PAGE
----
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Combined inhibition of c-Abl and PDGF receptors for prevention and treatment of murine sclerodermatous chronic graft-versus-host disease


Zerr, Pawel; Distler, Alfiya; Palumbo-Zerr, Katrin; Tomcik, Michal; Vollath, Stefan; Dees, Clara; Egberts, Friederike; Tinazzi, Ilaria; Del Galdo, Francesco; Distler, Oliver; Schett, Georg; Spriewald, Bernd M; Distler, Jörg H W (2012). Combined inhibition of c-Abl and PDGF receptors for prevention and treatment of murine sclerodermatous chronic graft-versus-host disease. American Journal of Pathology, 181(5):1672-1680.

Abstract

Chronic graft-versus-host disease (cGvHD) is a common complication of allogeneic bone marrow transplantation, and has a major effect on the long-term prognosis. The molecular mechanisms underlying cGvHD have been only partially revealed, and molecular targeted therapies have not yet been established for clinical use. We examined the effects of the combined inhibition of the Abelson kinase (c-Abl) and platelet-derived growth factor receptors (PDGFR) in experimental sclerodermatous cGvHD. Treatment using imatinib or nilotinib abolished the aberrant activation of c-Abl and PDGFR and protected against experimental cGvHD. Preventive therapy using imatinib or nilotinib inhibited the development of sclerodermatous cGvHD. Clinical features such as weight loss, alopecia, and skin ulcers, and histologic features with dermal thickening and accumulation of collagen were significantly reduced in mice that received imatinib or nilotinib therapy, but not in mice that received prednisone therapy. Of note, imatinib and nilotinib were also effective for treatment of experimental cGvHD that had already been clinically manifested. In summary, the combined inhibition of c-Abl and PDGFR is effective for prevention and treatment of experimental sclerodermatous cGvHD. Considering the high morbidity associated with cGvHD, the lack of efficient molecular therapies for clinical use, and first positive signals from uncontrolled studies of imatinib, combined inhibition of c-Abl and PDGFR might be a promising future strategy for treatment of sclerodermatous cGvHD.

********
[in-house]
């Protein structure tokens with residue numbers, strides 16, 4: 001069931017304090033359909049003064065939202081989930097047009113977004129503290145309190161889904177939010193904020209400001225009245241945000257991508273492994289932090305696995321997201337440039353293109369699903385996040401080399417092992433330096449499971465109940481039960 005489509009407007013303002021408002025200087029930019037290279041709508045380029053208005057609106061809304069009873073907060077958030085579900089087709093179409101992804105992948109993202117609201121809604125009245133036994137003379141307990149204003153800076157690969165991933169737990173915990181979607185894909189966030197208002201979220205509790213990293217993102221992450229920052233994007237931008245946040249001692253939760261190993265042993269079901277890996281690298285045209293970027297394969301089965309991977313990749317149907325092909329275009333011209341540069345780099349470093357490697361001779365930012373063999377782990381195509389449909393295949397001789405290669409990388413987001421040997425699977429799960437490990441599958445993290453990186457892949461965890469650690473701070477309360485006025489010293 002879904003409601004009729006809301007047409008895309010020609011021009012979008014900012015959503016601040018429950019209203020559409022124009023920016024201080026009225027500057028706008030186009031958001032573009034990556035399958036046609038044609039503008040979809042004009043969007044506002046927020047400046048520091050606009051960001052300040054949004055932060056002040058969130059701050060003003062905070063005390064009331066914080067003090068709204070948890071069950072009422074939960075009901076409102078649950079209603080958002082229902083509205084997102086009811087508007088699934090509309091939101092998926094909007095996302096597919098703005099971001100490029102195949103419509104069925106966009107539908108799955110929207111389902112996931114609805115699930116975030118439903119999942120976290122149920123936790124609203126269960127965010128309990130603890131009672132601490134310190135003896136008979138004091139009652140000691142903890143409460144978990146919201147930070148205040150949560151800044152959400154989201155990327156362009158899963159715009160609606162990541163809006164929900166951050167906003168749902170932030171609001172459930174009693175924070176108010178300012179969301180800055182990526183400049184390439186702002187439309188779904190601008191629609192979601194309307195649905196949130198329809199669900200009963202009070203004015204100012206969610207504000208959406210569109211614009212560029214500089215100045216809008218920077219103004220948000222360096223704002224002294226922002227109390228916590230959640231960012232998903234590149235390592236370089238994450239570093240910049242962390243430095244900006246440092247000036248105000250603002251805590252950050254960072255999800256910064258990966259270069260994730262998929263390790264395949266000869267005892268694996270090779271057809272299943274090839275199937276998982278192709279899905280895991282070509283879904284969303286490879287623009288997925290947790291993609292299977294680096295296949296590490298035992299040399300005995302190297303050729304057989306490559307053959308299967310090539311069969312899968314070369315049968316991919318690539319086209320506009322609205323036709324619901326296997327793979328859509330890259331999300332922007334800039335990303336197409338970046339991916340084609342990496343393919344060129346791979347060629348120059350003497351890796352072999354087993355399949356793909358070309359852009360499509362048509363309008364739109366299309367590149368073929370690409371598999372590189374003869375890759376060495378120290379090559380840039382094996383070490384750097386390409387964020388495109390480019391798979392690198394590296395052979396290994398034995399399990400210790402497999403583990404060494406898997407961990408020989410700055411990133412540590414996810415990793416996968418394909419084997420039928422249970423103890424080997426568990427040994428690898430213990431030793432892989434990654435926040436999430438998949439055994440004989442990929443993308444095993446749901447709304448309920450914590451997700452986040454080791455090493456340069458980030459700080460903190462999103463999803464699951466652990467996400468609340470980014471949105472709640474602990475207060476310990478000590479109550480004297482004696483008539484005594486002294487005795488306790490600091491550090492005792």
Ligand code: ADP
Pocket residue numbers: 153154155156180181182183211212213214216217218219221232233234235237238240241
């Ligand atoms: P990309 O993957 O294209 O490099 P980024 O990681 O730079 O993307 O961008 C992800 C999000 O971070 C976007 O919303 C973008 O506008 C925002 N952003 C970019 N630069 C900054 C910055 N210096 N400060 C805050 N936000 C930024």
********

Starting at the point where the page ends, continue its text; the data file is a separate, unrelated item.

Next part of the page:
Abstract

Chronic graft-versus-host disease (cGvHD) is a common complication of allogeneic bone marrow transplantation, and has a major effect on the long-term prognosis. The molecular mechanisms underlying cGvHD have been only partially revealed, and molecular targeted therapies have not yet been established for clinical use. We examined the effects of the combined inhibition of the Abelson kinase (c-Abl) and platelet-derived growth factor receptors (PDGFR) in experimental sclerodermatous cGvHD. Treatment using imatinib or nilotinib abolished the aberrant activation of c-Abl and PDGFR and protected against experimental cGvHD. Preventive therapy using imatinib or nilotinib inhibited the development of sclerodermatous cGvHD. Clinical features such as weight loss, alopecia, and skin ulcers, and histologic features with dermal thickening and accumulation of collagen were significantly reduced in mice that received imatinib or nilotinib therapy, but not in mice that received prednisone therapy. Of note, imatinib and nilotinib were also effective for treatment of experimental cGvHD that had already been clinically manifested. In summary, the combined inhibition of c-Abl and PDGFR is effective for prevention and treatment of experimental sclerodermatous cGvHD. Considering the high morbidity associated with cGvHD, the lack of efficient molecular therapies for clinical use, and first positive signals from uncontrolled studies of imatinib, combined inhibition of c-Abl and PDGFR might be a promising future strategy for treatment of sclerodermatous cGvHD.

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Item Type:Journal Article, refereed, original work
Communities & Collections:04 Faculty of Medicine > University Hospital Zurich > Rheumatology Clinic and Institute of Physical Medicine
Dewey Decimal Classification:610 Medicine & health
Language:English
Date:2012
Deposited On:14 Feb 2013 15:58
Last Modified:17 Feb 2018 00:59
Publisher:Elsevier
ISSN:0002-9440
OA Status:Closed
Free access at:PubMed ID. An embargo period may apply.
Publisher DOI:https://doi.org/10.1016/j.ajpath.2012.07.017
PubMed ID:22940072

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